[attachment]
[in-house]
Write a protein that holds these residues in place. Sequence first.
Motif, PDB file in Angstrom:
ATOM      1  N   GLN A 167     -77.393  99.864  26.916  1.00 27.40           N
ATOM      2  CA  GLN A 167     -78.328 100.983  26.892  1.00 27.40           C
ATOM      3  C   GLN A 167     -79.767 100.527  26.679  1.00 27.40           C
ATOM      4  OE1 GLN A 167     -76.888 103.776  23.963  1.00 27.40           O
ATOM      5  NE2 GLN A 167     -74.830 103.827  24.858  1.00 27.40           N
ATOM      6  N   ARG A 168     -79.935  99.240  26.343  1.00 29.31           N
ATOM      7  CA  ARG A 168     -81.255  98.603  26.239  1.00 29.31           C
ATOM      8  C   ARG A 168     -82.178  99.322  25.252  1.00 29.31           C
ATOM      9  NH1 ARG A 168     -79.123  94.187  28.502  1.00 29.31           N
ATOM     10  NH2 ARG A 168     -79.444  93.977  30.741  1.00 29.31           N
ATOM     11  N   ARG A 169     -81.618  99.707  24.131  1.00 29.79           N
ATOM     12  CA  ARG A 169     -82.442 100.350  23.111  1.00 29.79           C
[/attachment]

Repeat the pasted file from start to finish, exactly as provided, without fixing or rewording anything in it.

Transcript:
[in-house]
Write a protein that holds these residues in place. Sequence first.
Motif, PDB file in Angstrom:
ATOM      1  N   GLN A 167     -77.393  99.864  26.916  1.00 27.40           N
ATOM      2  CA  GLN A 167     -78.328 100.983  26.892  1.00 27.40           C
ATOM      3  C   GLN A 167     -79.767 100.527  26.679  1.00 27.40           C
ATOM      4  OE1 GLN A 167     -76.888 103.776  23.963  1.00 27.40           O
ATOM      5  NE2 GLN A 167     -74.830 103.827  24.858  1.00 27.40           N
ATOM      6  N   ARG A 168     -79.935  99.240  26.343  1.00 29.31           N
ATOM      7  CA  ARG A 168     -81.255  98.603  26.239  1.00 29.31           C
ATOM      8  C   ARG A 168     -82.178  99.322  25.252  1.00 29.31           C
ATOM      9  NH1 ARG A 168     -79.123  94.187  28.502  1.00 29.31           N
ATOM     10  NH2 ARG A 168     -79.444  93.977  30.741  1.00 29.31           N
ATOM     11  N   ARG A 169     -81.618  99.707  24.131  1.00 29.79           N
ATOM     12  CA  ARG A 169     -82.442 100.350  23.111  1.00 29.79           C